“We have not immortal souls, we shall never live again; but, like the green sea-weed, when once it has been cut off, we can never flourish more. Human beings, on the contrary, have a soul which lives forever, lives after the body has been turned to dust. It rises up through the clear, pure air beyond the glittering stars. As we rise out of the water, and behold all the land of the earth, so do they rise to unknown and glorious regions which we shall never see.”
For a hundred and fifty years the writers belonging to a mercantile society, with but few exceptions, thought they could live in happy irresponsibility. They lived, indeed, and then died alone, as they had lived. But we writers of the twentieth century shall never again be alone. Rather, we must know that we can never escape the common misery and that our only justification, if indeed there is a justification, is to speak up, insofar as we can, for those who cannot do so. But we must do so for all those who are suffering at this moment, whatever may be the glories, past or future, of the States and parties oppressing them: for the artist there are no privileged torturers. This is why beauty, even today, especially today, cannot serve any party; it cannot serve, in the long or short run, anything but men’s suffering or their liberty. The only really committed artist is he who, without refusing to take part in the combat, at least refuses to join the regular armies and remains a free-lance.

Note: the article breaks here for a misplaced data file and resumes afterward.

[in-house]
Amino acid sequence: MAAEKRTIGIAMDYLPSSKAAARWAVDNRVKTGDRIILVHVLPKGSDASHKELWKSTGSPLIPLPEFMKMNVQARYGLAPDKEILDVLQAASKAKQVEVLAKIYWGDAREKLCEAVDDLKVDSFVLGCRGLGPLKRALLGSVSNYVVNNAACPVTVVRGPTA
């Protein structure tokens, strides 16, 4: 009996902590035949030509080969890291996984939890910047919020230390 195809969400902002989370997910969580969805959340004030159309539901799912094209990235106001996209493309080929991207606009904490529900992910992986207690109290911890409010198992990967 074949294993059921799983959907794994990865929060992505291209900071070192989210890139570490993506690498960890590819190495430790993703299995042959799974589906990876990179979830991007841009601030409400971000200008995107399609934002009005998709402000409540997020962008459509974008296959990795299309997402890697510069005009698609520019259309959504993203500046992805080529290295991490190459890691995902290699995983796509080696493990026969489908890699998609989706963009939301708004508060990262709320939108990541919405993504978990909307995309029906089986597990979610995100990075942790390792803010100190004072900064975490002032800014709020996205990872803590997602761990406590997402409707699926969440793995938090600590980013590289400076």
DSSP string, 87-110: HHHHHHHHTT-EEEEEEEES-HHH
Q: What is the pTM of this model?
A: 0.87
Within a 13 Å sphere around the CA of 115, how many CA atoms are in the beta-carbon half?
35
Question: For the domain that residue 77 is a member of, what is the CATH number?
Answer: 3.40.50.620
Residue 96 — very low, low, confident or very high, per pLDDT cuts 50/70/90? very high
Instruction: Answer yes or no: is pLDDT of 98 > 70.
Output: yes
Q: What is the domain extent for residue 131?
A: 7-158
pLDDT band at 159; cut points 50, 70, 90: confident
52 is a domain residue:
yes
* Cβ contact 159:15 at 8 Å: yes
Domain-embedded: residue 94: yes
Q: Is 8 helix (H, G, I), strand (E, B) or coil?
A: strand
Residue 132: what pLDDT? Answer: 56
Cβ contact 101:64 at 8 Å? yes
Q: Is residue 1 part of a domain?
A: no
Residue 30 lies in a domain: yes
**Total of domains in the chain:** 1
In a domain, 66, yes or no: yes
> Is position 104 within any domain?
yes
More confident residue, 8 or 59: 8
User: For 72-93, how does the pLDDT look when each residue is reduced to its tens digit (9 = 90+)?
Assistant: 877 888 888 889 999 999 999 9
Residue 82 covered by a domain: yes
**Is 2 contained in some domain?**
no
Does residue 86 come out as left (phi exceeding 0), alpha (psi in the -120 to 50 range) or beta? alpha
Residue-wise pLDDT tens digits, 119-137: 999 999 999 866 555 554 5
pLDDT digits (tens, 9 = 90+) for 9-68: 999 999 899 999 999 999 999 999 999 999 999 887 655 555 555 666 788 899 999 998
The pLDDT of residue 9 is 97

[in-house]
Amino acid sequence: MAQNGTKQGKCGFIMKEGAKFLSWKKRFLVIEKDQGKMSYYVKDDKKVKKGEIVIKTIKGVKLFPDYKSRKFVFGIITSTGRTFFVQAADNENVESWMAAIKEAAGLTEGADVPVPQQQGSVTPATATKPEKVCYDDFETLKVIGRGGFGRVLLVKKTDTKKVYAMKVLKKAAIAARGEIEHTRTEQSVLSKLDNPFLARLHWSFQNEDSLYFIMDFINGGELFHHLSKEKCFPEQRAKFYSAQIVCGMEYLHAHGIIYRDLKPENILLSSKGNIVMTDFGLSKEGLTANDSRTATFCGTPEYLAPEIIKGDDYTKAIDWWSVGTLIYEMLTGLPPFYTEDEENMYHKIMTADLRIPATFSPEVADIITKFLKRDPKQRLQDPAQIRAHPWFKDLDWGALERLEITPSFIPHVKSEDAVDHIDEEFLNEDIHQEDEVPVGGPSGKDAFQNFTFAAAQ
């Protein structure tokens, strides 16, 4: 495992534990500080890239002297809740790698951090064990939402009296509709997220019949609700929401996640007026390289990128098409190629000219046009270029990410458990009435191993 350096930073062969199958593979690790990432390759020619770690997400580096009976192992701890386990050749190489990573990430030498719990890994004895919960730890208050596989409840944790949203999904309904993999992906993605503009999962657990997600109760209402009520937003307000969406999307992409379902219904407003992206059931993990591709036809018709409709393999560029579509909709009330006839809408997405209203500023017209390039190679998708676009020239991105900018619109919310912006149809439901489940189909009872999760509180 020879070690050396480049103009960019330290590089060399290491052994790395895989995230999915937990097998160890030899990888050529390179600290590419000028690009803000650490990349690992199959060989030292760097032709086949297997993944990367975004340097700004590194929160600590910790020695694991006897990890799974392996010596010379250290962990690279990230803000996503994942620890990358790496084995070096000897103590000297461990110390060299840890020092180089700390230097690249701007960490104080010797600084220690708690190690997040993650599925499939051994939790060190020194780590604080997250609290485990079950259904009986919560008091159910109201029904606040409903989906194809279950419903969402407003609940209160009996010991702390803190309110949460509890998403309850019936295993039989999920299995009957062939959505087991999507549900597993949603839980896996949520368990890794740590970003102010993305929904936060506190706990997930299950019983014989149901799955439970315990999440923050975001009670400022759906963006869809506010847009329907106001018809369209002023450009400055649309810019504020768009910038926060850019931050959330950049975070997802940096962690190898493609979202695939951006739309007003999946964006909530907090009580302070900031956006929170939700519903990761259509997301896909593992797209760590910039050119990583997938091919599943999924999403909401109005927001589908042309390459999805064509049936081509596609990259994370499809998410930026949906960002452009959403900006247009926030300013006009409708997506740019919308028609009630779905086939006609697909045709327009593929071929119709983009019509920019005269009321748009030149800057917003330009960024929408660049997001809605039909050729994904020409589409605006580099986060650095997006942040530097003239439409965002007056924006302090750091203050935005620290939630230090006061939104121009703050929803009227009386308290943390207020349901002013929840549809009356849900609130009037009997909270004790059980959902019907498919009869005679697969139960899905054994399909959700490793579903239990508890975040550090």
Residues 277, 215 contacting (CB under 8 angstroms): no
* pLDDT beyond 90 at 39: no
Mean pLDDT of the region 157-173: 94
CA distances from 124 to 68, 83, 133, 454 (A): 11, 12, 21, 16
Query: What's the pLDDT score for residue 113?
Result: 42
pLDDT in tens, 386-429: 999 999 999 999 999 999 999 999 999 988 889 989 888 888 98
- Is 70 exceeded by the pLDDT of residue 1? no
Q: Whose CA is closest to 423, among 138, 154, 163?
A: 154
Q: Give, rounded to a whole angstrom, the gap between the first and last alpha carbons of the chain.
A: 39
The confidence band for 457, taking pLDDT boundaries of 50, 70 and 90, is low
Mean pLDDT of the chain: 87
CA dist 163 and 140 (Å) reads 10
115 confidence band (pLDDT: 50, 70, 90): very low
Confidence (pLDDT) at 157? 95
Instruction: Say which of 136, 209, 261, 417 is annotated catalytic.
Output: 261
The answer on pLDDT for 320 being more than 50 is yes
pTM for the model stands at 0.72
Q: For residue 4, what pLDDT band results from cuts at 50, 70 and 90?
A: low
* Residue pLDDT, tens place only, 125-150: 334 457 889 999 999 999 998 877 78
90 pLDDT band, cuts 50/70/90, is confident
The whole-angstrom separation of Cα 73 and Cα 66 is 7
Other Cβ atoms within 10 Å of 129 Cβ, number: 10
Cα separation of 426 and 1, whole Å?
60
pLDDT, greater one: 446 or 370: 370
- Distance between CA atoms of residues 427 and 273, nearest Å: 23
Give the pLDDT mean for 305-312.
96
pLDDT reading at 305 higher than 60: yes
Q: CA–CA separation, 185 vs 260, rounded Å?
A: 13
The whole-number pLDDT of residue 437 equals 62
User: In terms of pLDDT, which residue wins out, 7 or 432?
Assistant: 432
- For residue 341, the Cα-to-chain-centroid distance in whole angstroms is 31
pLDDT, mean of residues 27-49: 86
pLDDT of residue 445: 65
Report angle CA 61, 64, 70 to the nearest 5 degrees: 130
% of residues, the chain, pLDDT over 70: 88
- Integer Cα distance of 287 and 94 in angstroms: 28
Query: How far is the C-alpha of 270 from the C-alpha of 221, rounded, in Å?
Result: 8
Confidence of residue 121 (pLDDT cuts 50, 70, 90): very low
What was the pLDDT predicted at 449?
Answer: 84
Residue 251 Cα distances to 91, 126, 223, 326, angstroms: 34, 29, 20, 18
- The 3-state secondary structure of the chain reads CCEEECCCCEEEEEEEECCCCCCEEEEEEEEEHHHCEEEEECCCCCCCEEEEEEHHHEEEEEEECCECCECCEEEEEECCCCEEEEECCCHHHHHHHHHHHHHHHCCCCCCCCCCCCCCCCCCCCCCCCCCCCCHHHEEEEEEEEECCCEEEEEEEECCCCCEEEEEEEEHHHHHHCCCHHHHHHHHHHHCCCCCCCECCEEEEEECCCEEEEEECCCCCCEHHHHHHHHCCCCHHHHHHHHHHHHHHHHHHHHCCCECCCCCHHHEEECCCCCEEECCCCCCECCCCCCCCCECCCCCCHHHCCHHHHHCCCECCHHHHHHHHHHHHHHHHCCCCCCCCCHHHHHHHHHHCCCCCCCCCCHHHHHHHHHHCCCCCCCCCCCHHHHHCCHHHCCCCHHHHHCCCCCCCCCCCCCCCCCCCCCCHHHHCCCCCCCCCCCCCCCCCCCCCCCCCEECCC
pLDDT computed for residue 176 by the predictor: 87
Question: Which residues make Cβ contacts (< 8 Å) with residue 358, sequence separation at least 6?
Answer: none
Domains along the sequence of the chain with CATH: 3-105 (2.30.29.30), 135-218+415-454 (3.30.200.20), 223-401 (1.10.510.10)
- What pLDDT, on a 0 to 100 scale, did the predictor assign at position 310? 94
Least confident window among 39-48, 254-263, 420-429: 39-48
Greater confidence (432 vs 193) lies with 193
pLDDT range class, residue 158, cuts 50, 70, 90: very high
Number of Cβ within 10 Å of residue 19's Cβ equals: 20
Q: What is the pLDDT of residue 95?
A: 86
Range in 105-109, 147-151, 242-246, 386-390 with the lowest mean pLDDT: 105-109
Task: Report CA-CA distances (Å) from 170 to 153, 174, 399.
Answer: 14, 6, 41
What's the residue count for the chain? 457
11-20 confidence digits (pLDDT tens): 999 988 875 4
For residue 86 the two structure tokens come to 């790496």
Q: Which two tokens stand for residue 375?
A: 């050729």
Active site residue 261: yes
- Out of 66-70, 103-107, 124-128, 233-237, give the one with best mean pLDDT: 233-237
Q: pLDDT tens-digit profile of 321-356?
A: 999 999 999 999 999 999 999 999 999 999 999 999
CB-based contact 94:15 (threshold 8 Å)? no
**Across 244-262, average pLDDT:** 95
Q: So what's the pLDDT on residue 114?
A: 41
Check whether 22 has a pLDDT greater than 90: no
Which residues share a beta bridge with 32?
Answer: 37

A Lecture by Albert Camus
December 14, 1957 at the University of Uppsala in Sweden